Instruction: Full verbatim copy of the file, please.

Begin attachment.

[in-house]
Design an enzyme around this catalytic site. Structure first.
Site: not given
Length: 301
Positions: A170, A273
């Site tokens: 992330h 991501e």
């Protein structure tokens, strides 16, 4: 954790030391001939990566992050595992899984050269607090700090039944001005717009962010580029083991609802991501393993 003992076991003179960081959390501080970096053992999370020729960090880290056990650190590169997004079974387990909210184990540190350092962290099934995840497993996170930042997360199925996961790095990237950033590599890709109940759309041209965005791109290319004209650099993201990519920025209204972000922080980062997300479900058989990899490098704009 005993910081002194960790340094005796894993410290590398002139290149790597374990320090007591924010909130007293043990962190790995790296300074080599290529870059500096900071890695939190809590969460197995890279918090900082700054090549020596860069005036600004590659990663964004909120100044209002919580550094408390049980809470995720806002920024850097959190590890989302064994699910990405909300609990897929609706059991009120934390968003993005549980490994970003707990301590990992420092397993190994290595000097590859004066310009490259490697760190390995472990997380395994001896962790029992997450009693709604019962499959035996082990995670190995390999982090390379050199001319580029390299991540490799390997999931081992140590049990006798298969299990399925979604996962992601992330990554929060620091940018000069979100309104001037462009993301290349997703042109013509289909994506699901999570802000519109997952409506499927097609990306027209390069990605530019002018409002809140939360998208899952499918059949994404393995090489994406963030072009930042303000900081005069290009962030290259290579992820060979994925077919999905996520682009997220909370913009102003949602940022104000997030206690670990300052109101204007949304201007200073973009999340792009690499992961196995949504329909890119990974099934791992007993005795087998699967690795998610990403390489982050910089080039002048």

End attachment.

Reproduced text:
[in-house]
Design an enzyme around this catalytic site. Structure first.
Site: not given
Length: 301
Positions: A170, A273
């Site tokens: 992330h 991501e």
């Protein structure tokens, strides 16, 4: 954790030391001939990566992050595992899984050269607090700090039944001005717009962010580029083991609802991501393993 003992076991003179960081959390501080970096053992999370020729960090880290056990650190590169997004079974387990909210184990540190350092962290099934995840497993996170930042997360199925996961790095990237950033590599890709109940759309041209965005791109290319004209650099993201990519920025209204972000922080980062997300479900058989990899490098704009 005993910081002194960790340094005796894993410290590398002139290149790597374990320090007591924010909130007293043990962190790995790296300074080599290529870059500096900071890695939190809590969460197995890279918090900082700054090549020596860069005036600004590659990663964004909120100044209002919580550094408390049980809470995720806002920024850097959190590890989302064994699910990405909300609990897929609706059991009120934390968003993005549980490994970003707990301590990992420092397993190994290595000097590859004066310009490259490697760190390995472990997380395994001896962790029992997450009693709604019962499959035996082990995670190995390999982090390379050199001319580029390299991540490799390997999931081992140590049990006798298969299990399925979604996962992601992330990554929060620091940018000069979100309104001037462009993301290349997703042109013509289909994506699901999570802000519109997952409506499927097609990306027209390069990605530019002018409002809140939360998208899952499918059949994404393995090489994406963030072009930042303000900081005069290009962030290259290579992820060979994925077919999905996520682009997220909370913009102003949602940022104000997030206690670990300052109101204007949304201007200073973009999340792009690499992961196995949504329909890119990974099934791992007993005795087998699967690795998610990403390489982050910089080039002048």